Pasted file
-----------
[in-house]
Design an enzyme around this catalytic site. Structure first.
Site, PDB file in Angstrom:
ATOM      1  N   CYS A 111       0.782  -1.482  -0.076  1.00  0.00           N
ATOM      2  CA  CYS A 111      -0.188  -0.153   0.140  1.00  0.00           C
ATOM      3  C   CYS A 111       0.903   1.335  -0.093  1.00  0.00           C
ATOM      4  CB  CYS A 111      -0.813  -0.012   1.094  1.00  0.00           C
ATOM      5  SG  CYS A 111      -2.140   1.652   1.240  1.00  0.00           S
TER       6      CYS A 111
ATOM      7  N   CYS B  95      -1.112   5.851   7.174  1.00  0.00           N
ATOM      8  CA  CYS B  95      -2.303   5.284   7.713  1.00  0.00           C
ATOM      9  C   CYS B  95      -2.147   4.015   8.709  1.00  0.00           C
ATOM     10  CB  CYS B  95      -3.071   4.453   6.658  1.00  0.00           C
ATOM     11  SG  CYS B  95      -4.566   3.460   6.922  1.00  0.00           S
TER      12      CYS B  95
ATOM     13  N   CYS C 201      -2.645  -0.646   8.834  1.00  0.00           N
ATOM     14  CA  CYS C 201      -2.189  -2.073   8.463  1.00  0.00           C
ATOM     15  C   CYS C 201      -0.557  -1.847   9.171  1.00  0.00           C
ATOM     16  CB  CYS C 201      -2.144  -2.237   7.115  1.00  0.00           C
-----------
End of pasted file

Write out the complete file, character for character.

[in-house]
Design an enzyme around this catalytic site. Structure first.
Site, PDB file in Angstrom:
ATOM      1  N   CYS A 111       0.782  -1.482  -0.076  1.00  0.00           N
ATOM      2  CA  CYS A 111      -0.188  -0.153   0.140  1.00  0.00           C
ATOM      3  C   CYS A 111       0.903   1.335  -0.093  1.00  0.00           C
ATOM      4  CB  CYS A 111      -0.813  -0.012   1.094  1.00  0.00           C
ATOM      5  SG  CYS A 111      -2.140   1.652   1.240  1.00  0.00           S
TER       6      CYS A 111
ATOM      7  N   CYS B  95      -1.112   5.851   7.174  1.00  0.00           N
ATOM      8  CA  CYS B  95      -2.303   5.284   7.713  1.00  0.00           C
ATOM      9  C   CYS B  95      -2.147   4.015   8.709  1.00  0.00           C
ATOM     10  CB  CYS B  95      -3.071   4.453   6.658  1.00  0.00           C
ATOM     11  SG  CYS B  95      -4.566   3.460   6.922  1.00  0.00           S
TER      12      CYS B  95
ATOM     13  N   CYS C 201      -2.645  -0.646   8.834  1.00  0.00           N
ATOM     14  CA  CYS C 201      -2.189  -2.073   8.463  1.00  0.00           C
ATOM     15  C   CYS C 201      -0.557  -1.847   9.171  1.00  0.00           C
ATOM     16  CB  CYS C 201      -2.144  -2.237   7.115  1.00  0.00           C